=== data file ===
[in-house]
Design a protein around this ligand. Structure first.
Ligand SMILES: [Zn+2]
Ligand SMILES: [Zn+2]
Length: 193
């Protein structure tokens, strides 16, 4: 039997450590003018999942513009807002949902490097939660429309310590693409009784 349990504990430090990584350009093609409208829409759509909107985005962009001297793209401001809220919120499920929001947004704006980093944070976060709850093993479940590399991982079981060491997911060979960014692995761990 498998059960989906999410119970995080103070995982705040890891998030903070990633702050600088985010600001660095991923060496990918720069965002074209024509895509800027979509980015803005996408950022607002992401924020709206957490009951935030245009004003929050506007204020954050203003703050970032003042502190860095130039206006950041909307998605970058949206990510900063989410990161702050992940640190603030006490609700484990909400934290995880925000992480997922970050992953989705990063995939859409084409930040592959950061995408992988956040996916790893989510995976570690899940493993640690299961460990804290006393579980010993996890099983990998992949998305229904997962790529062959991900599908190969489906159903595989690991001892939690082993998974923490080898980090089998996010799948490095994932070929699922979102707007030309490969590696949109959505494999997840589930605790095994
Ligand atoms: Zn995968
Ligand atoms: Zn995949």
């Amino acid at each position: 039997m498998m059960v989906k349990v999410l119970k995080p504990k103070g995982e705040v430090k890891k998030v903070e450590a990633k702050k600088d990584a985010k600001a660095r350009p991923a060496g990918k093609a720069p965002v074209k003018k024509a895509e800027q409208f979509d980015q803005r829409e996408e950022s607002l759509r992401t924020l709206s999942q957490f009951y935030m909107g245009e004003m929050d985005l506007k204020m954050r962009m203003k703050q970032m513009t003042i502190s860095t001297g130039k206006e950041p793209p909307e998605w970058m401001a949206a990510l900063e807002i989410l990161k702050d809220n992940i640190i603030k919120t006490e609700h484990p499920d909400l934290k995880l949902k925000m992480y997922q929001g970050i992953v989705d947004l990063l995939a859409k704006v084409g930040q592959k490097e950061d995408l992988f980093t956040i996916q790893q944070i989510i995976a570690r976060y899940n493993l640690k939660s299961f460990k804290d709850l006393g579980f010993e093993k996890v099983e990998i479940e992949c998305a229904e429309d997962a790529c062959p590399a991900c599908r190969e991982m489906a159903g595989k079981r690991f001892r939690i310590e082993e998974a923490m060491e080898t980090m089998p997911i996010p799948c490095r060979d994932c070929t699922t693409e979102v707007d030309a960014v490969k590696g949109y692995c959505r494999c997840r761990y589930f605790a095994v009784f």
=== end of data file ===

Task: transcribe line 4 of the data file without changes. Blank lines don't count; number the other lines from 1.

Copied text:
Ligand SMILES: [Zn+2]